Bob Marley & the Wailers and Dennis Brown
Reviewed by Jay Trachtenberg, Fri., April 4, 2003
Bob Marley & the WailersTrenchtown Rock: The Anthology, 1969-78 (Trojan)
Dennis BrownThe Promised Land, 1977-79 (Blood & Fire)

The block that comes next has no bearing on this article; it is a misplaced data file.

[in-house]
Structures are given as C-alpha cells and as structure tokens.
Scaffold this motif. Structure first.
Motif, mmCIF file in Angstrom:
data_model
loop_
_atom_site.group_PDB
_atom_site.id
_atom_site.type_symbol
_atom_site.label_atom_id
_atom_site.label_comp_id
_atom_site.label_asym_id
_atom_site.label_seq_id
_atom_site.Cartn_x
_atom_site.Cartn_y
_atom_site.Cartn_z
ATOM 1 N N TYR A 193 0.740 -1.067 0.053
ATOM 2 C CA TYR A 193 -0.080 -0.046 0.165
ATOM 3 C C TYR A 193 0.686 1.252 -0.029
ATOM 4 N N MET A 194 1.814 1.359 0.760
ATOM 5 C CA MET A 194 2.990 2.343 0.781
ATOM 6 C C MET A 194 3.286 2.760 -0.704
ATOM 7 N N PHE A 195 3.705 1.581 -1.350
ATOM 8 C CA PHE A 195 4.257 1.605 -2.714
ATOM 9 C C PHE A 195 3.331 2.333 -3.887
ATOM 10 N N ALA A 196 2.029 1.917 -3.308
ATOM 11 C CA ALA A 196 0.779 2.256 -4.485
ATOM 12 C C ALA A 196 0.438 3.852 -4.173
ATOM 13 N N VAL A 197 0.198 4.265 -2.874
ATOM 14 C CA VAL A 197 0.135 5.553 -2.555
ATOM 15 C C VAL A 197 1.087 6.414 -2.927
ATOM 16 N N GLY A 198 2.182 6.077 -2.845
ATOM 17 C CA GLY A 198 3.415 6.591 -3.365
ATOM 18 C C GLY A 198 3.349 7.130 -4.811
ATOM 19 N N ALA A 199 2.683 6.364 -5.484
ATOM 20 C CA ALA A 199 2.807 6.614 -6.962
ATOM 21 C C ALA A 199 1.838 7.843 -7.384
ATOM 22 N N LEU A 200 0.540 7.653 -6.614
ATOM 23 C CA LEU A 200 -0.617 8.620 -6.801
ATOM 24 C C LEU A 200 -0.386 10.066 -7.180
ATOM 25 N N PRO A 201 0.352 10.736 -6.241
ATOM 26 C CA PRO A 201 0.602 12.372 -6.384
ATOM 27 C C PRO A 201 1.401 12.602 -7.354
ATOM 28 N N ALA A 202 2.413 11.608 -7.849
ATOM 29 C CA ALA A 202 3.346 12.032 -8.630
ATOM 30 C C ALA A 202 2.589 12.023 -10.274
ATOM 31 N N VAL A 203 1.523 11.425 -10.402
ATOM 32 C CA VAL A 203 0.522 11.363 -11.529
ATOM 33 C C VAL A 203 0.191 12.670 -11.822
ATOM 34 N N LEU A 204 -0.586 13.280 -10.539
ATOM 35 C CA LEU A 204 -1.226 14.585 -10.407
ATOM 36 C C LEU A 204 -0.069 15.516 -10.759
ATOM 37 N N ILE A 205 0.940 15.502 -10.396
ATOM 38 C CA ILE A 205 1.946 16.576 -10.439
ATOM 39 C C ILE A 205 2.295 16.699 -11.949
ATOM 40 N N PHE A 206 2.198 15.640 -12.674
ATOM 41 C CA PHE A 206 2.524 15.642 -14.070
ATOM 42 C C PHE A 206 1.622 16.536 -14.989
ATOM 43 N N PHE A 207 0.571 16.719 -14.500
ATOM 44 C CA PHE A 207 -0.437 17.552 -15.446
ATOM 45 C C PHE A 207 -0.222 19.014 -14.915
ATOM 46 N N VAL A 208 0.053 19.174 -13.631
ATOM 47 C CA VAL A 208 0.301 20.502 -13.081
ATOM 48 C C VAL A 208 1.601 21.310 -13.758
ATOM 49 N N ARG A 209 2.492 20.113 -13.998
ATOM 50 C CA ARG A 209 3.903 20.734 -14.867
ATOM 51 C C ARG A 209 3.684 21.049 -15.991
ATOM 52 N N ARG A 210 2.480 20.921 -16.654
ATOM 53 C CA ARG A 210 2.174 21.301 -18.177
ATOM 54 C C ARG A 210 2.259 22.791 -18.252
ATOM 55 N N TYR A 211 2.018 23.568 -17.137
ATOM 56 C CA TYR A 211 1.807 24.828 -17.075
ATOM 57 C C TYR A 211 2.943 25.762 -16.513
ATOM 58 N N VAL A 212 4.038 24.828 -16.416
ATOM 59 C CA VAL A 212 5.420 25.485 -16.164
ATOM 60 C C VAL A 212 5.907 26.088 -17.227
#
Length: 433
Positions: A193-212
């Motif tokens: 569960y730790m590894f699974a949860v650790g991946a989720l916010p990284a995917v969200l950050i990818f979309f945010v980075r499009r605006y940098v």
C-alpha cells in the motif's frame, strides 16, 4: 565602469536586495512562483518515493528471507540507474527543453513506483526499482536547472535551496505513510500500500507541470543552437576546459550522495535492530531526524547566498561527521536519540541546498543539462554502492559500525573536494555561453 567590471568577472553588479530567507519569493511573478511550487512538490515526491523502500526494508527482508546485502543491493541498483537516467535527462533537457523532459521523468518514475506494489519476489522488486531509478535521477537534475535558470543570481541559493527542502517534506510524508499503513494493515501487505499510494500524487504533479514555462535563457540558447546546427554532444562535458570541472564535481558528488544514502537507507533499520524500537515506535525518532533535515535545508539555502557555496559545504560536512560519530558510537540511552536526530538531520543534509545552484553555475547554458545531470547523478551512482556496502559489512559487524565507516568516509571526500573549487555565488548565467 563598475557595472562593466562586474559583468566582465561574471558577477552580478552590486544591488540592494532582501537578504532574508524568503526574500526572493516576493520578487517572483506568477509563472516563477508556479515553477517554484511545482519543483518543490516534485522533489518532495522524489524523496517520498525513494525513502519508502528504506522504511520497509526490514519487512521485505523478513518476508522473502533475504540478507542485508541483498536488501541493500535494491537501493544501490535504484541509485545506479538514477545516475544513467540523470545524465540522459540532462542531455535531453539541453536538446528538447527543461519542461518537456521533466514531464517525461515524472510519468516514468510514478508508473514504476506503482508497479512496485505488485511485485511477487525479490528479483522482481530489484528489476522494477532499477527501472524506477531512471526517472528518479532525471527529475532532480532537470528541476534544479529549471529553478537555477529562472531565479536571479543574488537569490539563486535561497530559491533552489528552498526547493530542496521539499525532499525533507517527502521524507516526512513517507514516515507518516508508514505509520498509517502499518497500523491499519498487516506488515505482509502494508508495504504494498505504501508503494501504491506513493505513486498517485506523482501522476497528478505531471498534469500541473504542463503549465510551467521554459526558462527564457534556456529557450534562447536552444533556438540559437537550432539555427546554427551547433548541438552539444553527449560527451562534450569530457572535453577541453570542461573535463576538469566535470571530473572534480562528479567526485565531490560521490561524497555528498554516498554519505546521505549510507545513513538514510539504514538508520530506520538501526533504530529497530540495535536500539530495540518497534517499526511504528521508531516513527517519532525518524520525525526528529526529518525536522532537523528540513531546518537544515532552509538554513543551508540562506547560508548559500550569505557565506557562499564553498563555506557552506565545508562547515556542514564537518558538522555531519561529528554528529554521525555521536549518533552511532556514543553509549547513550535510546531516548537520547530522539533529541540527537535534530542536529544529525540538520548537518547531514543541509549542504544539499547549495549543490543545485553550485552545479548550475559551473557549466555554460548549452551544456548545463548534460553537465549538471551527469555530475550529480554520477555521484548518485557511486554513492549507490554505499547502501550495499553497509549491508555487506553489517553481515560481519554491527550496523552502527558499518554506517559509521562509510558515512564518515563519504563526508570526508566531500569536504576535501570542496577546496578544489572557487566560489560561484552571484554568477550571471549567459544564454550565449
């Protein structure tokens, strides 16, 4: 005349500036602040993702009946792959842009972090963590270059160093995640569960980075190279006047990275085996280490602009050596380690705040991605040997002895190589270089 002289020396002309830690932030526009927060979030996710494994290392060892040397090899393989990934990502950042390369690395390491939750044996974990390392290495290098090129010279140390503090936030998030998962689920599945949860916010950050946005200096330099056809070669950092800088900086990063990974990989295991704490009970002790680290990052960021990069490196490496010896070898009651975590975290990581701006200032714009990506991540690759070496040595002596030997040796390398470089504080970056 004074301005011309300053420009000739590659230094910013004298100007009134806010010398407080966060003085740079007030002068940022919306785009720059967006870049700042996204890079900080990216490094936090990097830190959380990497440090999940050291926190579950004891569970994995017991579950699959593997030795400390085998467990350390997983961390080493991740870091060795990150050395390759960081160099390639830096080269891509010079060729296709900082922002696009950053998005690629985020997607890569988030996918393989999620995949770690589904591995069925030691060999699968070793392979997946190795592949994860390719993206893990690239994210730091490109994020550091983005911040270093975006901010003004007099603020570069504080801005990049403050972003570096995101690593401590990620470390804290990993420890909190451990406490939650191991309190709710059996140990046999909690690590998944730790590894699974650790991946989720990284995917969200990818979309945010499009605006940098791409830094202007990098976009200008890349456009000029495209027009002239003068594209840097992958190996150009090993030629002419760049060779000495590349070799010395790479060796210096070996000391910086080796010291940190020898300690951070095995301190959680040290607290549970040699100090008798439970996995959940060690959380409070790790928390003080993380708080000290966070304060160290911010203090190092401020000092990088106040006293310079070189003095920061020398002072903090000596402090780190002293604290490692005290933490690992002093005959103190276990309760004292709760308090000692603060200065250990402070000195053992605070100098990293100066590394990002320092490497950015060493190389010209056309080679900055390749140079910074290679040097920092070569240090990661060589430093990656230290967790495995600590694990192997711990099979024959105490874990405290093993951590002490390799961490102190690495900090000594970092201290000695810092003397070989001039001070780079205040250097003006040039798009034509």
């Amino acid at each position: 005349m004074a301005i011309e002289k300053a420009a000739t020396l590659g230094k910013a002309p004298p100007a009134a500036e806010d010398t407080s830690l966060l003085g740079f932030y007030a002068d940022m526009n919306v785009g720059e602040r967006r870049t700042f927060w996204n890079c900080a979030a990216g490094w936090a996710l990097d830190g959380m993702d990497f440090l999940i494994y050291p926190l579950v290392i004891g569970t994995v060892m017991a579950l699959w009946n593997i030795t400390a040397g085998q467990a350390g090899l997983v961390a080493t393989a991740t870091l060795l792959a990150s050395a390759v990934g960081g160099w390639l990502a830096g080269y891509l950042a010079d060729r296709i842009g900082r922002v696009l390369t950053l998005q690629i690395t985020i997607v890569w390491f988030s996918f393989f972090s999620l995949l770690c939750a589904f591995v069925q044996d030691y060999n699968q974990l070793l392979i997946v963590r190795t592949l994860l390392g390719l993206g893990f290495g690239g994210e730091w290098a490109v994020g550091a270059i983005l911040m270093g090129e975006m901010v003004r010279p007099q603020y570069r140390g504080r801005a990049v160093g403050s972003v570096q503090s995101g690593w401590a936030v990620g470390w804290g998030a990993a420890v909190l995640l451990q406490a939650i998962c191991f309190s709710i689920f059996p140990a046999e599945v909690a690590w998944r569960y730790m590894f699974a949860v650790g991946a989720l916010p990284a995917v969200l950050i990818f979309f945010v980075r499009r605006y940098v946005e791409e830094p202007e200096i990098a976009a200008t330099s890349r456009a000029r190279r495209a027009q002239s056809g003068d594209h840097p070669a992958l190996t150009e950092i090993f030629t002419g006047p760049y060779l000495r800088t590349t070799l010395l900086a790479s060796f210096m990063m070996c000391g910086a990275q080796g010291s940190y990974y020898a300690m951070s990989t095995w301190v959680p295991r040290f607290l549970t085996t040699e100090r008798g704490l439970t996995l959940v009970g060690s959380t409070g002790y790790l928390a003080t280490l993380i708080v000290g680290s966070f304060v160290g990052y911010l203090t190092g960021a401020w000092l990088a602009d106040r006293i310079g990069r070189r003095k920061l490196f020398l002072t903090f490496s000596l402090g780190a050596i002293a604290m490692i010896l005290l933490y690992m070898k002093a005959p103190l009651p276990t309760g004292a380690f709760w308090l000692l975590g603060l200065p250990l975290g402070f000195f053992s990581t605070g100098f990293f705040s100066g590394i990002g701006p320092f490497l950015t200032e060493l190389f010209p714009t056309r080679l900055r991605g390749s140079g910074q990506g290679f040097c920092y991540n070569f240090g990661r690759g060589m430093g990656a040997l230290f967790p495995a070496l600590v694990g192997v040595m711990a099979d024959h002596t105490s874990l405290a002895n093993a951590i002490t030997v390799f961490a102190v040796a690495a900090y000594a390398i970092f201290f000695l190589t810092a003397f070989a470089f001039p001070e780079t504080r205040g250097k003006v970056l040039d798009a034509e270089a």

Before Bob Marley, Peter Tosh, and Bunny Livingston exploded onto the international scene in 1973 with Island Records' Catch a Fire, they were prolific recording artists in Jamaica. While much of their pre-Island output has long been available, it's often been in a hodge-podge fashion. This 2-CD, 51-song anthology gathers together almost all of the group's recordings for legendary producers Leslie Kong and Lee Scratch Perry and is among the Wailers' most definitive music, capturing the infectious skank-groove of Marley's early reggae sound in its purest form. Likewise, the group's soaring vocal harmonies, featured prominently here, quickly became history as Marley increasingly took center stage and Peter and Bunny left the band. Better still, many of the tunes included here will be familiar to fans as they were later rerecorded on subsequent Island albums. Serious Marley fans probably acquired this music in bits and pieces years ago, but this set gathers much of his very best music all in one place. As the "Crown Prince of Reggae," Dennis Brown was the heir apparent to Bob Marley's throne. Although that scenario never really panned out, Brown was a superstar in his own right. While Marley was out conquering the globe, Brown was thrilling the massive down yard with an endless string of impressive hits. This reissue of the obscure album Joseph's Coat of Many Colors, plus a handful of rare singles, finds Brown in peak form, riding one killa riddem after another, including several extended mixes and a truly righteous rendition of Marley's "Slave Driver." This is a stupendous set from one of reggae's immortals.